I’m not sure I like making plans for after a post that I haven’t even started yet!

If anyone who thinks I might value their opinion has pearls of wisdom they would be accepted!

Progress and Paperwork

The distinct lack of writing her has not been a conscious decision, but more a mix of laziness and a lack of things to write and then being quite busy, but things now move on a-pace.

The first notable thing is to say that I have graduated!  I suppose I am now technically Mr. Paul Parker BD, although I would much prefer it if people used this term of address and little as possible!  I graduated with a 2:2 which was what I was expecting and which I was pleased with.  Most of my theology friends graduated with First Class degrees and I am very pleased for them.

At milestones such as this I often get a bit reflective and so I have been thinking back over the last three years (with much gladness)!  How I have changed, how I have grown.  What if anything I have changed.  It has been a slightly mixed but generally wonderful experience, which I doubt I would change much at all.  I have affiliated a society to our Students’ Union, been a Society President, fallen in love with climbing, been on a national demo, failed an exam, done very well in an essay I started two days before in Costa, lived with and visited some incredible people, stayed up all night supporting friends, spent numerous hours at ballot boxes, counted for a Union election, helped run the first online election in Bangor’s history and experienced our highest every election turnouts, I have started training as a Local Preacher and have stuck with our fabulous department as it has started winding down its existence, I have fallen deeper into the snare of Connexional Methodism and I love it, I have cried when an old housemate has been called back into work, resigned from a society, moaned about sending E-mails, screamed at people I love dearly and had dear friends leave.  Some of the time I ought to have been doing uni work rather than what I actually did, but if I were to do the whole thing again I’d still stay up, I’d still climb rather than revise etc, it may be the reason I got a 2:2 rather than a 2:1 but I’d rather have all these experiences and have been shaped by them than get a 2:1.

So that is a bit of progress.  Then comes some paperwork, which is, I suppose, progress but mainly just feels like paperwork!  Me and my family spent the week of my graduating holidaying on Anglesey, which was lovely, but involved a day trip to Bangor to look for accommodation for next year which involved some forms, I looked around a few places, decided to go for one, which involved even more more forms!  But several questions and very few easy answers later, I am paying the deposit for a lovely bungalow in Bangor next week! So I suppose I pretty much have a place to live!  That ought to count as progress, and I am looking forward to making it feel homely and stuffing a cupboard with tea!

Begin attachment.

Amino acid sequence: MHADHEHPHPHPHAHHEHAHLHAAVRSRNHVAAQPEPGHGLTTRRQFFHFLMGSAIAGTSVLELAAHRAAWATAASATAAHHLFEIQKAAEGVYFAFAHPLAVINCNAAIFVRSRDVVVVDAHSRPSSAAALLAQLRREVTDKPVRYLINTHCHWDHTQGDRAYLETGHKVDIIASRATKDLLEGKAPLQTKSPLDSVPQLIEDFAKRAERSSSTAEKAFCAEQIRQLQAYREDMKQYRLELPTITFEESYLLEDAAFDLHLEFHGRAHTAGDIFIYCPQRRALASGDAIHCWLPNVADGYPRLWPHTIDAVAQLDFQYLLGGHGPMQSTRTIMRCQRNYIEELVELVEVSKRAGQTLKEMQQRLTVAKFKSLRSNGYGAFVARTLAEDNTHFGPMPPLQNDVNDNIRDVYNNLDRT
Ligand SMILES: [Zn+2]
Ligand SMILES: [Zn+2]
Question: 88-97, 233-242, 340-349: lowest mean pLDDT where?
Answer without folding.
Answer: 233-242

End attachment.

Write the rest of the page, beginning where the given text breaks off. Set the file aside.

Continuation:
I have also been filling in Methodist paperwork! An application for a little bit of Grant Funding for next year to supplement the District and Circuit Funding and a form so that my wage goes to the right place!  This second form in particular came as a massive surprise, but is a bit reassuring.  So again, paperwork but also progress!

So September and the “next chapter” fast approaches, but the getting ready for it also continues and a pretty nice speed!

If there isn’t a happy ending … don’t preach one

[Warning: This post goes on to mention violence against women]

The Christian Canon is wide-ranging and deep-reaching.  It is testimony to, as well as being born out of, pretty much the whole spectrum of human experience.  Sometimes preachers like to remind us of this; in a evangelistic talk we are told we can always find a bit of the bible we can relate to and it’s relevance is commended to us on this basis.  From the pulpit also.  We are reminded the bible wasn’t just written by saints; the “go to” passage for this is Psalm 51 where we hear David confess to God of his sinfulness with Bathsheba.

But alongside these claims (and I believe them to be valid) our actions also sometimes speak differently.  Sometimes the pulpit masks, avoids, glosses over, down-right polishes up some of the very human bits of the bible.  Recently I experienced a sermon given on the story of Ruth which highlights the point.  Ruth’s story became idyllic, fantastical, almost like a fairy-tale as she went from destitute to secure, all because of her prince-charming and God’s provision.  I am sure most people at the service left with a warm glow in their hearts. … But I didn’t.

Because I saw through the fairy-tale.  Alongside the preacher’s gloss of the story I also dipped into my translation’s account, and I become more and more discomforted.  I didn’t read a story of God’s provision, or the joys of finding “Mr. Right”.  I found a story of patriarchy and oppression.  I met a group of women who didn’t have their own standing in society, and who were dependent on men for their survival.